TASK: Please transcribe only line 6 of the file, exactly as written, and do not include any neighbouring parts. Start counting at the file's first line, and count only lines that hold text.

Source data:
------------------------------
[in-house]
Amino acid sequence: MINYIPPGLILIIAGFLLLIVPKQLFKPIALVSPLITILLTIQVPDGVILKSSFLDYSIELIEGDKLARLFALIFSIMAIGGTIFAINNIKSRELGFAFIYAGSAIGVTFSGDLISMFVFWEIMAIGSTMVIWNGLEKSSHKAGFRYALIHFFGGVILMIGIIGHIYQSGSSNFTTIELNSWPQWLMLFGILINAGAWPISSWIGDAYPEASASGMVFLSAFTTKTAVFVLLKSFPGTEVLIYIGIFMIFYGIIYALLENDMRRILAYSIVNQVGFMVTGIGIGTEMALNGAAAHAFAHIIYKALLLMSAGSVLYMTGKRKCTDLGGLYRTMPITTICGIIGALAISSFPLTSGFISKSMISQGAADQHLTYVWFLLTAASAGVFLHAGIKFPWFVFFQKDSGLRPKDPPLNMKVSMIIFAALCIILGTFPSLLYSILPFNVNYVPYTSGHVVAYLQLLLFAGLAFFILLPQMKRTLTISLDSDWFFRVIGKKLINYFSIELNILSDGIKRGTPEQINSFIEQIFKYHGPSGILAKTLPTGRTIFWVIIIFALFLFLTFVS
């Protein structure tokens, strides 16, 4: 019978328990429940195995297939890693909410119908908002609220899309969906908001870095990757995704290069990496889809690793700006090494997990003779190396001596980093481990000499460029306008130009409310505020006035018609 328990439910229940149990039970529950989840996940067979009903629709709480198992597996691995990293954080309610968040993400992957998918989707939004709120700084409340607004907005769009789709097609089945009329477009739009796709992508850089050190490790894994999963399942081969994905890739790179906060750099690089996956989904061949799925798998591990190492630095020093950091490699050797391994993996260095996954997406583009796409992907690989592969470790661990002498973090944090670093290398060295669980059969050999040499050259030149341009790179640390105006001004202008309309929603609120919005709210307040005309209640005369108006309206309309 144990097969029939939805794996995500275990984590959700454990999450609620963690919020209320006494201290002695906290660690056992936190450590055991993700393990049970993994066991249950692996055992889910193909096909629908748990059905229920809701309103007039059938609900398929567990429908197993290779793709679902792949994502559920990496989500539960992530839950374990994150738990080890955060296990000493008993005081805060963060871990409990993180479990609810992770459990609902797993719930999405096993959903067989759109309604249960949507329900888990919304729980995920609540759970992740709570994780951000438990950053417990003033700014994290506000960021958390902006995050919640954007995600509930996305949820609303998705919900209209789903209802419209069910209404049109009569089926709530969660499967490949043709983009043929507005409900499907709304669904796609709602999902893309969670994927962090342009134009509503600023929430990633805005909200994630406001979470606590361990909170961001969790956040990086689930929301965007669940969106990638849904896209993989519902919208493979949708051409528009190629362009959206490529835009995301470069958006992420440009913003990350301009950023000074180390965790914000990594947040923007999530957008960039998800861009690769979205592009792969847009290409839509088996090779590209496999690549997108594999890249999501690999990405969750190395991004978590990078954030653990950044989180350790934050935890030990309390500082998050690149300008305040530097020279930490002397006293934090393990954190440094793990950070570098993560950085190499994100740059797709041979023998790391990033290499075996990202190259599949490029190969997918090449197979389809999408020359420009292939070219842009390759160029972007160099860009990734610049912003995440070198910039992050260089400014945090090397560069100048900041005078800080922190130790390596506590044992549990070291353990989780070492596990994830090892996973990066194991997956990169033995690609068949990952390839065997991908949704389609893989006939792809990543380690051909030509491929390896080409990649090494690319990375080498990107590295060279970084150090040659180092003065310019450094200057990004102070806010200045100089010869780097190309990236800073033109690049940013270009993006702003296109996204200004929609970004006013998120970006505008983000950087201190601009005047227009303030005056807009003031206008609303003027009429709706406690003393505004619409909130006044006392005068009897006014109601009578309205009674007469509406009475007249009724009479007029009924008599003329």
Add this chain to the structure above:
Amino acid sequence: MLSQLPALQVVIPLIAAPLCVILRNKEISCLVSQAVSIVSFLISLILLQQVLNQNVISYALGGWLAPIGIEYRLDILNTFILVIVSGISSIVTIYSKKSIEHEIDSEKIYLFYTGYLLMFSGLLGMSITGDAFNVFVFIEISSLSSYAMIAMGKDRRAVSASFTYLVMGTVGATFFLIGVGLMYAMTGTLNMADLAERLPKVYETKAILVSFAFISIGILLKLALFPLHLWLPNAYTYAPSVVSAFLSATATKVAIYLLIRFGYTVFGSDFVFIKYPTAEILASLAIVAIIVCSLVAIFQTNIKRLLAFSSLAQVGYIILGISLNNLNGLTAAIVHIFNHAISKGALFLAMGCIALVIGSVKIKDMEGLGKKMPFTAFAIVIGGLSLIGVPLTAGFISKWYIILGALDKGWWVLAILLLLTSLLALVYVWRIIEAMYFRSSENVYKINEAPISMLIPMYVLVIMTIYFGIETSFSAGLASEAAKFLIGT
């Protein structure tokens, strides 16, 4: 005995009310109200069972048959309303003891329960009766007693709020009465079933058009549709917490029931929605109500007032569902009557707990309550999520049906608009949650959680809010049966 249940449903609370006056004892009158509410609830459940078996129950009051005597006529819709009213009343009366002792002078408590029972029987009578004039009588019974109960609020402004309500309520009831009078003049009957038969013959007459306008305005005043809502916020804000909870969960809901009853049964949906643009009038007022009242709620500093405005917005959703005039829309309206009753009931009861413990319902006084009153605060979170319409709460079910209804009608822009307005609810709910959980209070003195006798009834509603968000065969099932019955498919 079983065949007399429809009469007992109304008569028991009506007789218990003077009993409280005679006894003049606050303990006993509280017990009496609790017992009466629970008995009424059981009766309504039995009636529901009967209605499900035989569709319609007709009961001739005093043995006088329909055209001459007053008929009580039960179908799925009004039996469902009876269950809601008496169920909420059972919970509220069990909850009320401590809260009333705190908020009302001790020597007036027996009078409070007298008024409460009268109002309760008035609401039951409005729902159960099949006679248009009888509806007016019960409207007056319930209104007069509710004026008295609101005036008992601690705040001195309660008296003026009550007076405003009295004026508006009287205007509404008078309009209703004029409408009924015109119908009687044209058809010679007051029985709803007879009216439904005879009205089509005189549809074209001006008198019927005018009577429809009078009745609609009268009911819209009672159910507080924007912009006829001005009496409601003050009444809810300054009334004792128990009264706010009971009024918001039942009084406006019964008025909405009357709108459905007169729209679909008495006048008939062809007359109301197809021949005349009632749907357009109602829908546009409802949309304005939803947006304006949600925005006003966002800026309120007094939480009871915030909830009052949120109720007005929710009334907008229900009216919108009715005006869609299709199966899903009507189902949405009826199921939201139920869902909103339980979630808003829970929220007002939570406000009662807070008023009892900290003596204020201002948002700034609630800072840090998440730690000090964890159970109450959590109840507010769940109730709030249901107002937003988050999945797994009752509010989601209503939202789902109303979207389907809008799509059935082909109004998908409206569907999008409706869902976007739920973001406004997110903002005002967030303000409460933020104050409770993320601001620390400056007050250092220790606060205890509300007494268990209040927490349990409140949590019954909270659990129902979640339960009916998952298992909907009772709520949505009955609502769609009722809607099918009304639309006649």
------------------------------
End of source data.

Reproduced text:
């Protein structure tokens, strides 16, 4: 005995009310109200069972048959309303003891329960009766007693709020009465079933058009549709917490029931929605109500007032569902009557707990309550999520049906608009949650959680809010049966 249940449903609370006056004892009158509410609830459940078996129950009051005597006529819709009213009343009366002792002078408590029972029987009578004039009588019974109960609020402004309500309520009831009078003049009957038969013959007459306008305005005043809502916020804000909870969960809901009853049964949906643009009038007022009242709620500093405005917005959703005039829309309206009753009931009861413990319902006084009153605060979170319409709460079910209804009608822009307005609810709910959980209070003195006798009834509603968000065969099932019955498919 079983065949007399429809009469007992109304008569028991009506007789218990003077009993409280005679006894003049606050303990006993509280017990009496609790017992009466629970008995009424059981009766309504039995009636529901009967209605499900035989569709319609007709009961001739005093043995006088329909055209001459007053008929009580039960179908799925009004039996469902009876269950809601008496169920909420059972919970509220069990909850009320401590809260009333705190908020009302001790020597007036027996009078409070007298008024409460009268109002309760008035609401039951409005729902159960099949006679248009009888509806007016019960409207007056319930209104007069509710004026008295609101005036008992601690705040001195309660008296003026009550007076405003009295004026508006009287205007509404008078309009209703004029409408009924015109119908009687044209058809010679007051029985709803007879009216439904005879009205089509005189549809074209001006008198019927005018009577429809009078009745609609009268009911819209009672159910507080924007912009006829001005009496409601003050009444809810300054009334004792128990009264706010009971009024918001039942009084406006019964008025909405009357709108459905007169729209679909008495006048008939062809007359109301197809021949005349009632749907357009109602829908546009409802949309304005939803947006304006949600925005006003966002800026309120007094939480009871915030909830009052949120109720007005929710009334907008229900009216919108009715005006869609299709199966899903009507189902949405009826199921939201139920869902909103339980979630808003829970929220007002939570406000009662807070008023009892900290003596204020201002948002700034609630800072840090998440730690000090964890159970109450959590109840507010769940109730709030249901107002937003988050999945797994009752509010989601209503939202789902109303979207389907809008799509059935082909109004998908409206569907999008409706869902976007739920973001406004997110903002005002967030303000409460933020104050409770993320601001620390400056007050250092220790606060205890509300007494268990209040927490349990409140949590019954909270659990129902979640339960009916998952298992909907009772709520949505009955609502769609009722809607099918009304639309006649």